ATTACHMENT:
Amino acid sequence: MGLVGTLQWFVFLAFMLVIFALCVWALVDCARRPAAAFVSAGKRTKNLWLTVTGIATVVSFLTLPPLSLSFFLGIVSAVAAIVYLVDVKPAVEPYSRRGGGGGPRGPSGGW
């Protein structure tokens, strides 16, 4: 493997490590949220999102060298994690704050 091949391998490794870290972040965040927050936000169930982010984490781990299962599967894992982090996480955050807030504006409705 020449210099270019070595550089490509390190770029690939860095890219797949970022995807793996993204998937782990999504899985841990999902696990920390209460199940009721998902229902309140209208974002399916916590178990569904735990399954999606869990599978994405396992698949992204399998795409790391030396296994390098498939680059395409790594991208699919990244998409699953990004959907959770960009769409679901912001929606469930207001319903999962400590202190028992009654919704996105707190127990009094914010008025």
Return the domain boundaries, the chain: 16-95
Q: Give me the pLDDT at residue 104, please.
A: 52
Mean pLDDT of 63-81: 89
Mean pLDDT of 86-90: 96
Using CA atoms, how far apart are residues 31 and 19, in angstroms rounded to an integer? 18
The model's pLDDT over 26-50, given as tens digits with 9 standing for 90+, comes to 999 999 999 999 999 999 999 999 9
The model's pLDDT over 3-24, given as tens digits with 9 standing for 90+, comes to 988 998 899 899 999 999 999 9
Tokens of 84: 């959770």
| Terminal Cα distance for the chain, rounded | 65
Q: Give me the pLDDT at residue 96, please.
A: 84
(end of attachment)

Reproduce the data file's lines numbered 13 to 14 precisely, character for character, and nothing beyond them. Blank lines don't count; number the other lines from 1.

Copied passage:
Q: Give me the pLDDT at residue 96, please.
A: 84